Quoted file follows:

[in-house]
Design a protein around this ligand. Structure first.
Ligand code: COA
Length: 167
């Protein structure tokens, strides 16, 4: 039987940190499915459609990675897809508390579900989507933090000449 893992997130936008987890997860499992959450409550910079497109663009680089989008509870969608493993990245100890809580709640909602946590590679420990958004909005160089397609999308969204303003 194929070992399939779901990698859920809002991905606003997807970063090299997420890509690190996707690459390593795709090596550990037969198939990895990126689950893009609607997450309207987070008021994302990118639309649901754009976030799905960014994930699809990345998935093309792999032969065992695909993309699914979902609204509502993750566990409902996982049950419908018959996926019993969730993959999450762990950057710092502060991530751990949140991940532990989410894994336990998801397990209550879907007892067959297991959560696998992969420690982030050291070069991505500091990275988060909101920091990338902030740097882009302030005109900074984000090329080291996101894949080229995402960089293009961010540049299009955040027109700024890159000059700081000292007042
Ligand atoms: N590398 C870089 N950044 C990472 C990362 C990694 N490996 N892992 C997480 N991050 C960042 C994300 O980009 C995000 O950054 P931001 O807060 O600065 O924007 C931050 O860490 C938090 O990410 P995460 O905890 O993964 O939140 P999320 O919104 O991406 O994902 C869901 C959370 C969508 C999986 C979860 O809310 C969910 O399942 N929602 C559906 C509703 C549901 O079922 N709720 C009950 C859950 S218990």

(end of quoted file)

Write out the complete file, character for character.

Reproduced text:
[in-house]
Design a protein around this ligand. Structure first.
Ligand code: COA
Length: 167
């Protein structure tokens, strides 16, 4: 039987940190499915459609990675897809508390579900989507933090000449 893992997130936008987890997860499992959450409550910079497109663009680089989008509870969608493993990245100890809580709640909602946590590679420990958004909005160089397609999308969204303003 194929070992399939779901990698859920809002991905606003997807970063090299997420890509690190996707690459390593795709090596550990037969198939990895990126689950893009609607997450309207987070008021994302990118639309649901754009976030799905960014994930699809990345998935093309792999032969065992695909993309699914979902609204509502993750566990409902996982049950419908018959996926019993969730993959999450762990950057710092502060991530751990949140991940532990989410894994336990998801397990209550879907007892067959297991959560696998992969420690982030050291070069991505500091990275988060909101920091990338902030740097882009302030005109900074984000090329080291996101894949080229995402960089293009961010540049299009955040027109700024890159000059700081000292007042
Ligand atoms: N590398 C870089 N950044 C990472 C990362 C990694 N490996 N892992 C997480 N991050 C960042 C994300 O980009 C995000 O950054 P931001 O807060 O600065 O924007 C931050 O860490 C938090 O990410 P995460 O905890 O993964 O939140 P999320 O919104 O991406 O994902 C869901 C959370 C969508 C999986 C979860 O809310 C969910 O399942 N929602 C559906 C509703 C549901 O079922 N709720 C009950 C859950 S218990």